To what are you loyal? Are you loyal to the truth and humankind, or are you loyal to your friends and institutions?
These are the questions Marc Edwards posed to the American University environmental science community during a presentation at AU's Abramson Family Recital Hall on February 8.
Often referred to as the “plumbing professor,” Edwards spent most of his career studying the waterworks of American cities. Before investigating the Flint, Michigan, water crisis, Edwards gained national attention for exposing high lead levels during the 2001–04 DC water crisis. In 1996, he was awarded a White House presidential faculty fellowship, and in 2007 he was named a MacArthur Fellow, based on his vital role in ensuring the safety of drinking water and in exposing deteriorating water infrastructures in America’s largest cities.
Edwards Investigates Flint Water
The AU Department of Environmental Science hosted Edwards’s visit to American University. His presentation focused on how government science institutions went to great lengths to conceal critical information about the toxic levels of lead in Flint’s water supply.
In 2015, Edwards was contacted by a mom of four children living in Flint. She was concerned about the water safety in her home. Edwards traveled to the city to conduct a study that uncovered high levels of lead in the city’s tap water. The city’s water source had been switched from the Detroit water system to the Flint River in 2014, exposing more than 100,000 people to high levels of lead.
Edwards connected the scientific misconduct in Flint to the corruption of the DC drinking water crisis by saying, “Because agencies refuse to or are incapable of learning from past mistakes, another crisis like DC was inevitable, which lead us to the contamination in Flint, Michigan.”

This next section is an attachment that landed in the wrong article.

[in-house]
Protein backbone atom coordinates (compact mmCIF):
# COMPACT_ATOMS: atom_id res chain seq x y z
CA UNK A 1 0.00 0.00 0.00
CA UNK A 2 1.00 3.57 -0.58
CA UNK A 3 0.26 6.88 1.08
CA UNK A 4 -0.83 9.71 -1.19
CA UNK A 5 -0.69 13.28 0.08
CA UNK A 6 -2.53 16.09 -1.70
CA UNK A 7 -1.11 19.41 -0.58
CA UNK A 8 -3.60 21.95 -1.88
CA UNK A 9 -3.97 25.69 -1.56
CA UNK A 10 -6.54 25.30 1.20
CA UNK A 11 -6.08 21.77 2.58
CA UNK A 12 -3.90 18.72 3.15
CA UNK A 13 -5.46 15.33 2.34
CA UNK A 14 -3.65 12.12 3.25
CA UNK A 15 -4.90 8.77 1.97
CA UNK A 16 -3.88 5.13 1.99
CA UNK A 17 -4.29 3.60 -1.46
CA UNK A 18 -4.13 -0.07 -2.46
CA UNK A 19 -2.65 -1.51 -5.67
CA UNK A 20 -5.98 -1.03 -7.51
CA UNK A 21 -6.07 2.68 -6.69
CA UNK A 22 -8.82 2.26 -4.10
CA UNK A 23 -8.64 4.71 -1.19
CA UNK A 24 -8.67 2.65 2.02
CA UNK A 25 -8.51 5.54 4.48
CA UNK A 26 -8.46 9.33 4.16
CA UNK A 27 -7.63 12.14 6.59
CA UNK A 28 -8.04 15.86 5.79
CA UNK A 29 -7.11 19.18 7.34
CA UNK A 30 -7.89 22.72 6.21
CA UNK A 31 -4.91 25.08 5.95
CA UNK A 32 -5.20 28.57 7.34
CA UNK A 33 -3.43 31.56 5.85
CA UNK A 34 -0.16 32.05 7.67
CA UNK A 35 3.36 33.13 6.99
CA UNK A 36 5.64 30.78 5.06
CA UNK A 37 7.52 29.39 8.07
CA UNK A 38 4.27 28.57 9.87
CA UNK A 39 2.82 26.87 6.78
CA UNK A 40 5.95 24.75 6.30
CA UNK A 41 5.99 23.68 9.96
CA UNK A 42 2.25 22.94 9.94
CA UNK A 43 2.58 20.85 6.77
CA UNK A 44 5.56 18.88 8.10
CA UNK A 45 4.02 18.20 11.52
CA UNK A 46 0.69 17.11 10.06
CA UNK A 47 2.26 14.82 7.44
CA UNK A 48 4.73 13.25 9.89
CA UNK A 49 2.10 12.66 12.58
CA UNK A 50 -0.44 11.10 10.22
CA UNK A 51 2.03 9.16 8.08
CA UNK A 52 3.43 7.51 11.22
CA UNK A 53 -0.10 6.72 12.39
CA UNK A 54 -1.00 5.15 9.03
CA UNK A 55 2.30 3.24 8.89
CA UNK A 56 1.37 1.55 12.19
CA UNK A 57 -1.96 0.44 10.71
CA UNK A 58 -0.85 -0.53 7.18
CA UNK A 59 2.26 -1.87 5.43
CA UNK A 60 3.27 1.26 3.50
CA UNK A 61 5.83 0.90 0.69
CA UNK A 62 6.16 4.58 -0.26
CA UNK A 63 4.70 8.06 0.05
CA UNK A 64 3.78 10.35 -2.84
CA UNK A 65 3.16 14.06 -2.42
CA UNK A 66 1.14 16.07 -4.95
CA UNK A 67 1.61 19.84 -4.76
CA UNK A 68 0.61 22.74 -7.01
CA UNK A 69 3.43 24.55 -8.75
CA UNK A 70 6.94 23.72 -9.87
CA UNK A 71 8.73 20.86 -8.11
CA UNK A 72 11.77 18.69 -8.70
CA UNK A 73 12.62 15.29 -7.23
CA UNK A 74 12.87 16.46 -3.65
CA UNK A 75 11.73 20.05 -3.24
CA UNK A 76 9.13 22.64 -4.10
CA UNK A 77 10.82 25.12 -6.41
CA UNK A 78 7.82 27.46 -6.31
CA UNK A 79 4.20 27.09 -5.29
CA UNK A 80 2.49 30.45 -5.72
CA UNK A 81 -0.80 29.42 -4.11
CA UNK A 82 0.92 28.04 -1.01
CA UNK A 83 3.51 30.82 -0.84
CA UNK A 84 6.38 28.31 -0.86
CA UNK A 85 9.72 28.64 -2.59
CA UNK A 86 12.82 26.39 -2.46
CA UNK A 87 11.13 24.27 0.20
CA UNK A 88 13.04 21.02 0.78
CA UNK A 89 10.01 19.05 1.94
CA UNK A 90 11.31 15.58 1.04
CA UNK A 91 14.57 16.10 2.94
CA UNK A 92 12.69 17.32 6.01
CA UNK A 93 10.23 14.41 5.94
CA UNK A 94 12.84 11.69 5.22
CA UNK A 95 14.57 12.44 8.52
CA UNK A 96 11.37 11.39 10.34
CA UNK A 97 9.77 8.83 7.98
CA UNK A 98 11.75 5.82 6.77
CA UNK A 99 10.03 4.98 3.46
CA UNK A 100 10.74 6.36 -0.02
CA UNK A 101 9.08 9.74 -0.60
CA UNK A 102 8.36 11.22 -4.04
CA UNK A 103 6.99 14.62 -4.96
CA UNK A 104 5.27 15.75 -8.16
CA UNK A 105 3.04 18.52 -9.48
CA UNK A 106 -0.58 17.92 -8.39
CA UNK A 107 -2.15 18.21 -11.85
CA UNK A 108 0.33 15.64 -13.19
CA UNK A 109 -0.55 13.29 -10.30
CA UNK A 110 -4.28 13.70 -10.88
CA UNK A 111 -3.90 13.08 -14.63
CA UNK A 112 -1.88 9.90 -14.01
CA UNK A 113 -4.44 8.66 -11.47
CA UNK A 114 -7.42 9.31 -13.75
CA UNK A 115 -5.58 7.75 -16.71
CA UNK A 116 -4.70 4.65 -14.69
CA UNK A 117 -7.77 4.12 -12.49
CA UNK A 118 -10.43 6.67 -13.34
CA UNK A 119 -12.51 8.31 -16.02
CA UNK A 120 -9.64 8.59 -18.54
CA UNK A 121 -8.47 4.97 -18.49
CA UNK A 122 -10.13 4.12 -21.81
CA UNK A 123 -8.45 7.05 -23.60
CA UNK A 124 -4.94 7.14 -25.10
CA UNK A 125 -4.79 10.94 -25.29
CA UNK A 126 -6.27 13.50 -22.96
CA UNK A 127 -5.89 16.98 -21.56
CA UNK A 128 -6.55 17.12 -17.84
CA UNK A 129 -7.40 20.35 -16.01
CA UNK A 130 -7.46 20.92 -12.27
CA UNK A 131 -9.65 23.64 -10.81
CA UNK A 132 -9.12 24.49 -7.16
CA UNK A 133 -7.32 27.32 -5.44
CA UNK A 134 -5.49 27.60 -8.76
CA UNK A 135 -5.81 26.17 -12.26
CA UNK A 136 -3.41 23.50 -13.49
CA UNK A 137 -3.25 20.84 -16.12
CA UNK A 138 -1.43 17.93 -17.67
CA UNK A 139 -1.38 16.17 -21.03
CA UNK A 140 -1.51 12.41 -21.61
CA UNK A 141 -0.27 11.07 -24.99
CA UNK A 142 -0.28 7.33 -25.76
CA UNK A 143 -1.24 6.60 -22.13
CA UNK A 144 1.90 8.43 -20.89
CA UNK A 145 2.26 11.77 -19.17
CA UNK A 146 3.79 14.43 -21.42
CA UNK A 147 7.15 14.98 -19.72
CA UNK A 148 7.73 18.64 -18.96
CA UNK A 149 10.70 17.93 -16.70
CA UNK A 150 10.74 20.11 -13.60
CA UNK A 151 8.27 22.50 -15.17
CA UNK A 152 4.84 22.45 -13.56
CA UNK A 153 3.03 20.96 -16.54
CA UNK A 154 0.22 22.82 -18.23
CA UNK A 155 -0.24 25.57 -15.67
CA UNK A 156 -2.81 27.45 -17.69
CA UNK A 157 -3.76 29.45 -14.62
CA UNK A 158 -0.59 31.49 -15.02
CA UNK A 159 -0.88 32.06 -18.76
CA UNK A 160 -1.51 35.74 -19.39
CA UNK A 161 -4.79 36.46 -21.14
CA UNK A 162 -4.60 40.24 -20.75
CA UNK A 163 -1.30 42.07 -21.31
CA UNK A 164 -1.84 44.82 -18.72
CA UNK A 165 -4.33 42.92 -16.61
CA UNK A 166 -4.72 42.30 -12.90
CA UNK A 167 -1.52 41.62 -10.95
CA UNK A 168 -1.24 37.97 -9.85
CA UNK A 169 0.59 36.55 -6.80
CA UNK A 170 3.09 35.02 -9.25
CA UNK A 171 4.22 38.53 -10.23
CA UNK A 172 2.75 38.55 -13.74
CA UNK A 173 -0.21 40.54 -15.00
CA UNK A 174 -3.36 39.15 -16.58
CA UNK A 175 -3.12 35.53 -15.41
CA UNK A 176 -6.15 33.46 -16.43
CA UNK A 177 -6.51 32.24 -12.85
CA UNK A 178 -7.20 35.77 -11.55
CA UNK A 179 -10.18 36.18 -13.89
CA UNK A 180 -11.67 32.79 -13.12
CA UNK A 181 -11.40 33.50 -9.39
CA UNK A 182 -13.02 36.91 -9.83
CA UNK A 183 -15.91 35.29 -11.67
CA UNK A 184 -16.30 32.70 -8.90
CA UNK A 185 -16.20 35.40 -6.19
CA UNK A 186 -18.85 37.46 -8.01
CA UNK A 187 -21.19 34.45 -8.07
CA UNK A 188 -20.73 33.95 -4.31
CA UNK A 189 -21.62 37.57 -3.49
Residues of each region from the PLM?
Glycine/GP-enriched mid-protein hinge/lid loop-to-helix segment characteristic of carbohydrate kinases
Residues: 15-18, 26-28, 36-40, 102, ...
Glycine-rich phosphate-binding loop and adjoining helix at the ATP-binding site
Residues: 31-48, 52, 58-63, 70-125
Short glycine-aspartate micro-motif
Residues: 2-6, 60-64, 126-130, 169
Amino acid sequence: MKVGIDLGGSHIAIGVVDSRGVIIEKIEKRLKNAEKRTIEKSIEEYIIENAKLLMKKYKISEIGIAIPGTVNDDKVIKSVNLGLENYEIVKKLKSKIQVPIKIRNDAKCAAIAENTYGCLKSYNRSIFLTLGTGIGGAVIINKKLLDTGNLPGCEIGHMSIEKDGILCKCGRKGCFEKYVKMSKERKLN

For The Public Good
College of Arts and Sciences Acting Dean Lisa Leff referred to Edwards as an ethics leader in the scientific and engineering community. “As AU is looking to continue to grow its science programs, we need to continue to think about the questions that Marc Edwards puts before us. Good science is not only good in a technical sense, but it must also be good in an ethical sense. Today, now more than ever, we need to continue to have the public good in mind.”
CAS Leadership and Ethical Development Program students Deanna Buba (BA environmental studies '21) and Evan Steinberg (BS statistics ’21) reflected on Edwards’s presentation. Buba said, "As an environmental studies major, I was interested in his call to action relating to loyalty. In Flint, the community doesn’t trust its government or its water, even though the problem was eventually corrected. The water crisis left an imprint of distrust throughout the community."
Steinberg added his perspective as a statistic major. “I find hearing about how government programs misuse and ignore statistics, while reporting false data, to be personally hurtful. In my career, I hope to portray data in an intelligent and truthful way that will contribute to the betterment of society.”
Edwards’s Call to Action
At the end of the evening, Edwards returned to his original question in the context of Flint. “What type of world will we live in if we don’t honor loyalty to the truth and humankind, before loyalty to our institutions and our friends?” he asked the audience.
In closing, Edwards recited a quote from Albert Einstein. “The world will not be destroyed by those who do evil, but by those who watch them without doing anything.”